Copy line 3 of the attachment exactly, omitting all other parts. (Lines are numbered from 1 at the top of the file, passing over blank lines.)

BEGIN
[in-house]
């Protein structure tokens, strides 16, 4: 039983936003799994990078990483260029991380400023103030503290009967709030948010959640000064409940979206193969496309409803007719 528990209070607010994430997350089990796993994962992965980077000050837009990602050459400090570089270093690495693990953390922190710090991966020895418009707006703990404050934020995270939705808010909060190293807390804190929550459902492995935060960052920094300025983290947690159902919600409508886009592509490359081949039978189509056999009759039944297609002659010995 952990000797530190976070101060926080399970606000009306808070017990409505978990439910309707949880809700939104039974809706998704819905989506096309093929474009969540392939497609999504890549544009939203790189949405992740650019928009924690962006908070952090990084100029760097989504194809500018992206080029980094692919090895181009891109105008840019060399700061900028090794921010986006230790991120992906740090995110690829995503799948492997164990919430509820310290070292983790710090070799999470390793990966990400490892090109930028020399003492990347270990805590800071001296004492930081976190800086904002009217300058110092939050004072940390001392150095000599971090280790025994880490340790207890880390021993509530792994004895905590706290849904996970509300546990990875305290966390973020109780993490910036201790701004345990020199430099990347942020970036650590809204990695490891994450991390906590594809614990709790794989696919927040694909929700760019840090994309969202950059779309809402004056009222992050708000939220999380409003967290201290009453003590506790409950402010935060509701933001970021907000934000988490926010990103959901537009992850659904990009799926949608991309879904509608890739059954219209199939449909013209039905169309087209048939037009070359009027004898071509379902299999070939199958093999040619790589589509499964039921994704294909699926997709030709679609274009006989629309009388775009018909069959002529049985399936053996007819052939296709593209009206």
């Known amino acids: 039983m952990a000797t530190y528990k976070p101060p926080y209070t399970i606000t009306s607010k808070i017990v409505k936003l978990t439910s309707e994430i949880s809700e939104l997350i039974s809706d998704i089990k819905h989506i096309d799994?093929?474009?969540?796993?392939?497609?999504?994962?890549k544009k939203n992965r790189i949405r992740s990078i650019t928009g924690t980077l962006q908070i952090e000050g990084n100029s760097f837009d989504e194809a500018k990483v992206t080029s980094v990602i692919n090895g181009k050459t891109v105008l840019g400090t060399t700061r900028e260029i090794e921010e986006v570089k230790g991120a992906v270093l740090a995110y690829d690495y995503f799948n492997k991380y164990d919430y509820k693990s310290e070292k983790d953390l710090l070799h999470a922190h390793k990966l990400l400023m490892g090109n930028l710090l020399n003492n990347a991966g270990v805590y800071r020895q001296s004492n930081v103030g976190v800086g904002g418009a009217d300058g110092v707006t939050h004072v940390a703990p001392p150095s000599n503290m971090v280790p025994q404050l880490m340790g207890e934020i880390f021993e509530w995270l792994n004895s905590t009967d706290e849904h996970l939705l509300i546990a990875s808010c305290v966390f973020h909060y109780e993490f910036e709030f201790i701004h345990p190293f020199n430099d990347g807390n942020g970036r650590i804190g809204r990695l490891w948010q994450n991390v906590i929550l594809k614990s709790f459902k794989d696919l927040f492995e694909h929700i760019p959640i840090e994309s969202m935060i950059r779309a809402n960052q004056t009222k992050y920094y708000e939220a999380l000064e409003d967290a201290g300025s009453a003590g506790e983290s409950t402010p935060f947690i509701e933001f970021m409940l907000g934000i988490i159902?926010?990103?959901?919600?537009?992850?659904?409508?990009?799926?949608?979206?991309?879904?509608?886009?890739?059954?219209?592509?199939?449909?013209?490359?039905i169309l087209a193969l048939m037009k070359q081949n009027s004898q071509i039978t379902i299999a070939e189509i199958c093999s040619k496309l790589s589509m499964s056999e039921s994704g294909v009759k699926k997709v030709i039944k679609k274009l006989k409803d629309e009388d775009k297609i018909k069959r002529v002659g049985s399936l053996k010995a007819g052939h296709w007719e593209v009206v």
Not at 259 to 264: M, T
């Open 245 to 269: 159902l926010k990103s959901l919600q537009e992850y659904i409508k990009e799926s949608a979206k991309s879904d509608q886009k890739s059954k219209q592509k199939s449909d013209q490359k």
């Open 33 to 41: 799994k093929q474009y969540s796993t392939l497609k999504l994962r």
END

């Known amino acids: 039983m952990a000797t530190y528990k976070p101060p926080y209070t399970i606000t009306s607010k808070i017990v409505k936003l978990t439910s309707e994430i949880s809700e939104l997350i039974s809706d998704i089990k819905h989506i096309d799994?093929?474009?969540?796993?392939?497609?999504?994962?890549k544009k939203n992965r790189i949405r992740s990078i650019t928009g924690t980077l962006q908070i952090e000050g990084n100029s760097f837009d989504e194809a500018k990483v992206t080029s980094v990602i692919n090895g181009k050459t891109v105008l840019g400090t060399t700061r900028e260029i090794e921010e986006v570089k230790g991120a992906v270093l740090a995110y690829d690495y995503f799948n492997k991380y164990d919430y509820k693990s310290e070292k983790d953390l710090l070799h999470a922190h390793k990966l990400l400023m490892g090109n930028l710090l020399n003492n990347a991966g270990v805590y800071r020895q001296s004492n930081v103030g976190v800086g904002g418009a009217d300058g110092v707006t939050h004072v940390a703990p001392p150095s000599n503290m971090v280790p025994q404050l880490m340790g207890e934020i880390f021993e509530w995270l792994n004895s905590t009967d706290e849904h996970l939705l509300i546990a990875s808010c305290v966390f973020h909060y109780e993490f910036e709030f201790i701004h345990p190293f020199n430099d990347g807390n942020g970036r650590i804190g809204r990695l490891w948010q994450n991390v906590i929550l594809k614990s709790f459902k794989d696919l927040f492995e694909h929700i760019p959640i840090e994309s969202m935060i950059r779309a809402n960052q004056t009222k992050y920094y708000e939220a999380l000064e409003d967290a201290g300025s009453a003590g506790e983290s409950t402010p935060f947690i509701e933001f970021m409940l907000g934000i988490i159902?926010?990103?959901?919600?537009?992850?659904?409508?990009?799926?949608?979206?991309?879904?509608?886009?890739?059954?219209?592509?199939?449909?013209?490359?039905i169309l087209a193969l048939m037009k070359q081949n009027s004898q071509i039978t379902i299999a070939e189509i199958c093999s040619k496309l790589s589509m499964s056999e039921s994704g294909v009759k699926k997709v030709i039944k679609k274009l006989k409803d629309e009388d775009k297609i018909k069959r002529v002659g049985s399936l053996k010995a007819g052939h296709w007719e593209v009206v």